The rocks were created by a series of volcano eruptions. The Indians figured out that chipping away at the outer layer (called desert varnish) revealed a lighter color underneath which left a lasting mark. They are estimated to have been done between 400 and 700 years ago. You might remember the Gila Cliff Dwellings were used 700 years ago.

The plan was to leave Albuquerque on February 21 and arrive in Alabama on March 1. That gave me nine days to slow travel. When I left Albuquerque, I took I-40 most of the way east, more than 1,000 miles, veering off in Memphis, Tennessee. There are tons of Harvest Hosts (more on that in a second) along that corridor so the plan was to stay at nine different Harvest Hosts, traveling on average two hours per day. Except one day where travel would be about 400 miles due to no Hosts in that stretch.

The Harvest Hosts website allows you to put in your starting point and your destination. It figures the likely (shortest, most straight-forward) route you’ll take and tells you all the Hosts along the route You can indicate how many miles you are willing to drive away from that route in order to find a Host. If I were willing to go up to 40 miles off route, there were 26 options. Reduce it to 20 miles (which is kind of my standard search), there were 15. Fifteen was plenty for my purpose. 

I selected nine different Harvest Hosts and five non-Host alternatives with hookups. Going off route to get to places ended up adding 100 miles to my trip in case you are wondering.

So, I loaded up the cat, the cat box, my notebook with my agenda and notes including all the places to stop (including gas stops…yes, I plan those out too…and, as you’ll see, one adventure stop).

Groceries laid out on a table. Mostly vegan frozen food and 3 packages of kale chips.
My vegan food haul. Several items I’d been wanting to try for a while but things can be hard to find in small communities.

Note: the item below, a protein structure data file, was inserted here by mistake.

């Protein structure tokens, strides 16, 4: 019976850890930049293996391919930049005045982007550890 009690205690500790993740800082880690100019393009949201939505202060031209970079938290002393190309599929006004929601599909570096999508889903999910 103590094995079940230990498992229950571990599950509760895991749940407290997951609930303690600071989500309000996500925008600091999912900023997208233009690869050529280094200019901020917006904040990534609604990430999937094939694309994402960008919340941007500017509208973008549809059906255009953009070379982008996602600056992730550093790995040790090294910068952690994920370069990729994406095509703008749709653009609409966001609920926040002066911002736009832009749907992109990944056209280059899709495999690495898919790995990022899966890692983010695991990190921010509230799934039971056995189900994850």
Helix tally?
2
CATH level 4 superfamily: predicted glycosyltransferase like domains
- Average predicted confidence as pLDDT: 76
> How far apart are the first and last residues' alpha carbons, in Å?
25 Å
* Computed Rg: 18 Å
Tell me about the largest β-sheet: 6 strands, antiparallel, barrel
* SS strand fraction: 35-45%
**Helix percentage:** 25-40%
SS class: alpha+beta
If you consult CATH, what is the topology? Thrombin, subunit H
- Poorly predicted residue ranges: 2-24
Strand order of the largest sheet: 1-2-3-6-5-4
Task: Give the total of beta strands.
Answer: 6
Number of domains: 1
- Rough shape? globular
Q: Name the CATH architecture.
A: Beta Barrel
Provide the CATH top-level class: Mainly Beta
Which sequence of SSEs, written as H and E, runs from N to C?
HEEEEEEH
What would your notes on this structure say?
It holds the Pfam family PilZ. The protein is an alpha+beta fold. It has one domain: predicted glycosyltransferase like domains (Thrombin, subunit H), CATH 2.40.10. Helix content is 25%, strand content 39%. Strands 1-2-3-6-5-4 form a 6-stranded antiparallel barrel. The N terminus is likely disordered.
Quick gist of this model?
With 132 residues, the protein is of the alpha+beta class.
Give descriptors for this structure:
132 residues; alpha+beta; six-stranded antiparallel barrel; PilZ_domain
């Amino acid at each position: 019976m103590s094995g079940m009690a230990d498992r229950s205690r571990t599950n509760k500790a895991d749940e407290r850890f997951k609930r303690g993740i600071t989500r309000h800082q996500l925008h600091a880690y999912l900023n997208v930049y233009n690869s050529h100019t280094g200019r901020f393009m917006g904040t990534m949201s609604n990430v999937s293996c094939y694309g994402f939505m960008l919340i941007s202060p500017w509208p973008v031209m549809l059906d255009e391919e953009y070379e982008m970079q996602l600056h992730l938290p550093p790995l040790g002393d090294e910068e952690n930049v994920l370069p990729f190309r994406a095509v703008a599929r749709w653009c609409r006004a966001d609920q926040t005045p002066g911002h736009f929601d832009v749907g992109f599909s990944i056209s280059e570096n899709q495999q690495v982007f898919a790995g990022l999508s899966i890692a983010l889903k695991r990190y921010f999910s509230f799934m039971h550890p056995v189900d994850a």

Pause for an Announcement

Just in case you have no idea what I’m talking about when I talk about staying at a Harvest Host, let me give you the ten-cent rundown.

Harvest Hosts is a membership organization. For your annual dues, you get access to a map of over 1,000 pins. Each pin is a Host and Hosts are wineries, breweries, distilleries, museums, farms and other adventure businesses. In other words, a free place to stay overnight. You click on a pin to get the details of the Host, including if there are any restrictions (such as no pets or only small RVs).

Even though it is a free night’s stay, the expectation is that you will patronize the small business. If it’s a winery, buy a bottle of wine. If it’s a museum, take a tour and/or make a purchase in the gift shop. You get the idea.

It offers some really interesting and unique, sometimes beautifully scenic, options instead of the same old RV campground.

Interested in a membership? Click HERE and use the discount code in the banner across the top to get a 15% discount.

A white van pulling a white and purple fiberglass trailer, parked in front of trees on a cloudy day.
My spot at the Harvest Host, a winery in Norman, Oklahoma.

The Money